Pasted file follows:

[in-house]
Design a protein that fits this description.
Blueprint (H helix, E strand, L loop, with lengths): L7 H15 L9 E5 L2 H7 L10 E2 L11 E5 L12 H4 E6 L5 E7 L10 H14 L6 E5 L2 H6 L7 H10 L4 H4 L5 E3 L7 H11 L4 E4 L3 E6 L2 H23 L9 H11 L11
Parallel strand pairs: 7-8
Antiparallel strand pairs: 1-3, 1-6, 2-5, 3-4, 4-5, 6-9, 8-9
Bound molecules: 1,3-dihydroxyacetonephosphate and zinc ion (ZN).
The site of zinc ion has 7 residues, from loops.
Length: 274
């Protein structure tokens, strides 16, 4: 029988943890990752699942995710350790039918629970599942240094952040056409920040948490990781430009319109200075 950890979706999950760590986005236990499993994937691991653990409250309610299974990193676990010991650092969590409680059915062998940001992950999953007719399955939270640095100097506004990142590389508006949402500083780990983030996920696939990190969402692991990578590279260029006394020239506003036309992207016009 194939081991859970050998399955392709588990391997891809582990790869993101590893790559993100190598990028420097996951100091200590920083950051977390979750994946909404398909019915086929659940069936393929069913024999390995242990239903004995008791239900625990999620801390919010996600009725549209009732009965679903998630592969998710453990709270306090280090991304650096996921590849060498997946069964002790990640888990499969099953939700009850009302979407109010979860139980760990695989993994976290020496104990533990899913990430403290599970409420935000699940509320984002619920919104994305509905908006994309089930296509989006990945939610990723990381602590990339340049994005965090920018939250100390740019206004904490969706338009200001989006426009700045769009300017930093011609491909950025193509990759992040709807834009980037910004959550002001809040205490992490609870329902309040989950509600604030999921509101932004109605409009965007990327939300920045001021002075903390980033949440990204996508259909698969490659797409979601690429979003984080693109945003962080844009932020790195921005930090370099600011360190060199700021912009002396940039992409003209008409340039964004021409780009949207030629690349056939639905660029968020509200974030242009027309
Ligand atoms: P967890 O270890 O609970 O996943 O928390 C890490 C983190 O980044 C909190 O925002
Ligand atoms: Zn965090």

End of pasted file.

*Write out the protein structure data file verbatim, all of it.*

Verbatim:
[in-house]
Design a protein that fits this description.
Blueprint (H helix, E strand, L loop, with lengths): L7 H15 L9 E5 L2 H7 L10 E2 L11 E5 L12 H4 E6 L5 E7 L10 H14 L6 E5 L2 H6 L7 H10 L4 H4 L5 E3 L7 H11 L4 E4 L3 E6 L2 H23 L9 H11 L11
Parallel strand pairs: 7-8
Antiparallel strand pairs: 1-3, 1-6, 2-5, 3-4, 4-5, 6-9, 8-9
Bound molecules: 1,3-dihydroxyacetonephosphate and zinc ion (ZN).
The site of zinc ion has 7 residues, from loops.
Length: 274
């Protein structure tokens, strides 16, 4: 029988943890990752699942995710350790039918629970599942240094952040056409920040948490990781430009319109200075 950890979706999950760590986005236990499993994937691991653990409250309610299974990193676990010991650092969590409680059915062998940001992950999953007719399955939270640095100097506004990142590389508006949402500083780990983030996920696939990190969402692991990578590279260029006394020239506003036309992207016009 194939081991859970050998399955392709588990391997891809582990790869993101590893790559993100190598990028420097996951100091200590920083950051977390979750994946909404398909019915086929659940069936393929069913024999390995242990239903004995008791239900625990999620801390919010996600009725549209009732009965679903998630592969998710453990709270306090280090991304650096996921590849060498997946069964002790990640888990499969099953939700009850009302979407109010979860139980760990695989993994976290020496104990533990899913990430403290599970409420935000699940509320984002619920919104994305509905908006994309089930296509989006990945939610990723990381602590990339340049994005965090920018939250100390740019206004904490969706338009200001989006426009700045769009300017930093011609491909950025193509990759992040709807834009980037910004959550002001809040205490992490609870329902309040989950509600604030999921509101932004109605409009965007990327939300920045001021002075903390980033949440990204996508259909698969490659797409979601690429979003984080693109945003962080844009932020790195921005930090370099600011360190060199700021912009002396940039992409003209008409340039964004021409780009949207030629690349056939639905660029968020509200974030242009027309
Ligand atoms: P967890 O270890 O609970 O996943 O928390 C890490 C983190 O980044 C909190 O925002
Ligand atoms: Zn965090």